New Research Focuses on Hurricane-Driven Rainwater Penetration
The first priority in the wake of the devastating 2004 and 2005 hurricane seasons along the U.S. Gulf and Atlantic Coasts has been to upgrade construction requirements to prevent damage from excessive winds and wind-borne debris. Stronger code requirements for impact-resistant windows have since been adopted in many jurisdictions, ranging from those that reference current International Code requirements and ASTM standards E 1886 and E 1996, up to those in defined High Velocity Hurricane Zones that take it up a notch—mainly Miami-Dade County standards TAS-201, TAS-202 and TAS-203 or AAMA 506.
Building codes typically require either structural panels providing glazed opening protection or impact-resistant windows, the latter being comprised of laminated glass in high-strength or reinforced frames.
The tests for determining compliance with these impact requirements are rigorous. For example, for windows to be located less than 30 feet above ground level, the impact of large missiles is simulated by thrusting a 2x4 stud into the product at 50 feet per second, equivalent to 34 mph. For windows located more than 30 feet above ground, the impact of roof gravel and other small objects is simulated by firing a shotgun-like pattern of two-gram ball bearings into the window at a speed of 130 fps, or, 88 mph. To pass these tests, there can be no through-penetration upon impact and no opening formed larger than 3 inches in diameter or tear longer than 5 inches.
All considered, the infrastructure is largely in place to ensure that windows in new construction can offer greatly improved resistance to winds and flying debris.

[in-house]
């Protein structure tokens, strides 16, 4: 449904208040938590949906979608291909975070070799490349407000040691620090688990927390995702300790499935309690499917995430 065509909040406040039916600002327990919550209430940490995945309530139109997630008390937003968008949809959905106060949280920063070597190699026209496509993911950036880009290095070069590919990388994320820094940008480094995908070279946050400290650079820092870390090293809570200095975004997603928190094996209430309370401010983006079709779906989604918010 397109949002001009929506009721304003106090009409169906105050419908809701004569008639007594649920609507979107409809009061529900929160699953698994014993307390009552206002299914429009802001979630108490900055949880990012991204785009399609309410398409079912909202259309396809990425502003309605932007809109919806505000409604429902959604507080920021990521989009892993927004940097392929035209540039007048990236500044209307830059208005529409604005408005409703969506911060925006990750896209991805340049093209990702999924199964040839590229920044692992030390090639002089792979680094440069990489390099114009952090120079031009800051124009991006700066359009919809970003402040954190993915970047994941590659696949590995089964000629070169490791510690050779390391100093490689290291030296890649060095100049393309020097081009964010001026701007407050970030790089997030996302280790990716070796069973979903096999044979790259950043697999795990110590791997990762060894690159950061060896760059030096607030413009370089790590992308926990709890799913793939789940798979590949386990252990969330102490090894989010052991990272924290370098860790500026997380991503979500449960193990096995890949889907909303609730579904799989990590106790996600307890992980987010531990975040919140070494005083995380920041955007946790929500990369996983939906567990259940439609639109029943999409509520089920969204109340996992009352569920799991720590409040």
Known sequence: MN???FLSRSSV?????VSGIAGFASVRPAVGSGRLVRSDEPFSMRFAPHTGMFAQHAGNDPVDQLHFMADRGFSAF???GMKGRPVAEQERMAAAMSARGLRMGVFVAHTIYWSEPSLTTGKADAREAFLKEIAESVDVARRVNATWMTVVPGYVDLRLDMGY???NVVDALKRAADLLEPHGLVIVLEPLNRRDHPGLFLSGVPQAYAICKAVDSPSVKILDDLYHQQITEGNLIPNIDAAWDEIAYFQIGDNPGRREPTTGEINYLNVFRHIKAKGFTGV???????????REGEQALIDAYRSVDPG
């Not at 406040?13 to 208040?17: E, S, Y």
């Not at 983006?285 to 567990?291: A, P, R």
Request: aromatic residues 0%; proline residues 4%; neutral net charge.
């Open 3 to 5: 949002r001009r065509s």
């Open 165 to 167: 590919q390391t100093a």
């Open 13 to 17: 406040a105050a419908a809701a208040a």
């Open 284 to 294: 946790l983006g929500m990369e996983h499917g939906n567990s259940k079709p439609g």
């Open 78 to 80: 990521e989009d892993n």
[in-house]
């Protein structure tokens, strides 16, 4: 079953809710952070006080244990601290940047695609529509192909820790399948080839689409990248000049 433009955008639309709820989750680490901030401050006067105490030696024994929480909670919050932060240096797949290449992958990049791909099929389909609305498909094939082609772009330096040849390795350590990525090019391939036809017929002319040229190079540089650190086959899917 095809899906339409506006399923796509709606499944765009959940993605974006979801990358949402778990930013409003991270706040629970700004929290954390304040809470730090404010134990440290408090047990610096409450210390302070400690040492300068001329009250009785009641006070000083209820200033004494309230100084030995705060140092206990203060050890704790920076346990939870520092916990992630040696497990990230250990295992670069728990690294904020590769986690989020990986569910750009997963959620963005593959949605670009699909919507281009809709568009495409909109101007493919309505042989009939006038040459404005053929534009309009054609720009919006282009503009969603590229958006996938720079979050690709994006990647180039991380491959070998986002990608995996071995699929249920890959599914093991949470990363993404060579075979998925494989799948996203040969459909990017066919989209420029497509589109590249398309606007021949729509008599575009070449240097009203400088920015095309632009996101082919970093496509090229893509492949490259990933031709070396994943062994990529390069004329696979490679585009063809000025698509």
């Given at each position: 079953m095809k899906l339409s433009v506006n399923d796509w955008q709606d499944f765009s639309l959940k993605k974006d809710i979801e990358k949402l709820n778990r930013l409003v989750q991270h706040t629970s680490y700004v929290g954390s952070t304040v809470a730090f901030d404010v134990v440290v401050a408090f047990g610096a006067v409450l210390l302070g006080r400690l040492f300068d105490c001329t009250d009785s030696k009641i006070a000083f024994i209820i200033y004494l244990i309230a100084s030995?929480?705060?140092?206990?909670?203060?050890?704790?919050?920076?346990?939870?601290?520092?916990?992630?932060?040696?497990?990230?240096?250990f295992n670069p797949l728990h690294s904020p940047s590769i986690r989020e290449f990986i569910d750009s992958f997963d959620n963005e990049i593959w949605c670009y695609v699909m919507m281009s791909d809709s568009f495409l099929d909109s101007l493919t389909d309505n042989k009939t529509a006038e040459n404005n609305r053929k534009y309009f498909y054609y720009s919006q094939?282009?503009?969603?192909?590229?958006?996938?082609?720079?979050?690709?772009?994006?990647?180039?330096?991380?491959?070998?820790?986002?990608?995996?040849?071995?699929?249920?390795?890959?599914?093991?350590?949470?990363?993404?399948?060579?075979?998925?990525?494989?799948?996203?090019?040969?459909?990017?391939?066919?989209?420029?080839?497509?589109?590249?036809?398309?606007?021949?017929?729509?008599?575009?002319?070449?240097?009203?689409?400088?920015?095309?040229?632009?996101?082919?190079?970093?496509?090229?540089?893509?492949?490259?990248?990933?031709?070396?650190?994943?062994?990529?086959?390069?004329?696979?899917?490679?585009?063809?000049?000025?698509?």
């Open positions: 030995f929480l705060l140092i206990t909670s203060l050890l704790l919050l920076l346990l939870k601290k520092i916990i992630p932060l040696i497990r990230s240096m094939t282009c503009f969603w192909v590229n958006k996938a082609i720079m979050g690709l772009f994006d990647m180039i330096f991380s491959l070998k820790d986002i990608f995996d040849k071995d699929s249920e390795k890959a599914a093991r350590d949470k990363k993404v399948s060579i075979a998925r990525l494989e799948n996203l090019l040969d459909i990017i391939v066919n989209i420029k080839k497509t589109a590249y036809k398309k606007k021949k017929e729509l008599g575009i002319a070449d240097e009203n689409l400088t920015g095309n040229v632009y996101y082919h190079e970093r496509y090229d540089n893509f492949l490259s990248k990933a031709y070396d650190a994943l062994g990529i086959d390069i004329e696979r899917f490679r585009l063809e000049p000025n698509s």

The next level of improvement is focusing on reducing water penetration. While many might count themselves lucky if protected from serious wind damage and storm surge-induced flooding, water penetration through or around otherwise intact openings from wind-driven rain can result in a significant amount of physical damage, cause occupant displacement and lead to extensive restoration expenses.
At the urging of the Florida Building Commission, the AAMA Southeast Region organization undertook a project in late 2005 to assess test methods and develop a standard of performance for windows capable of resisting water penetration under hurricane conditions. A task group was formed to review existing test methods and develop a rating system, with the caveat that it is impractical to expect any cost-effective building component to completely prevent water leakage when a downpour is slammed against a building at some 100 mph—conditions well in excess of those assumed for code requirements. But, the task group did seek to determine what limits should be imposed on such water penetration and how best to test and rate windows designed to meet such limits.
RATING SEVERE RAIN RESISTANCE
The task group’s first attempt to answer these questions is the most recent draft of the Voluntary Specification for Rating the Severe Wind-Driven Rain Resistance of Windows, Doors and Unit Skylights. It references the ASTM E 2268 Standard Test Method for Water Penetration of Exterior Windows, Skylights and Doors by Rapid Pulsed Air Pressure Difference. The test setup is similar to that used for water penetration testing of windows for compliance with the AAMA/WDMA/CSA/101/I.S. 2/A440-05 window and door standard and its predecessors, which calls for a water spray rate of five gallons per hour per square foot (and simulates a rainfall rate of 8 inches per hour). However, ASTM E 2268 adds a pulsing sequence to better simulate storm conditions and applies water spray at higher wind pressures (up to 42 psf). Test data is evaluated according to a scale of performance levels, indicating successively higher ranges (lower to upper limits) of the required 300 pressure pulsation cycles, with each cycle lasting two seconds. At all performance levels, the amount of water penetration cannot exceed 15 milliliters per meter of sill length.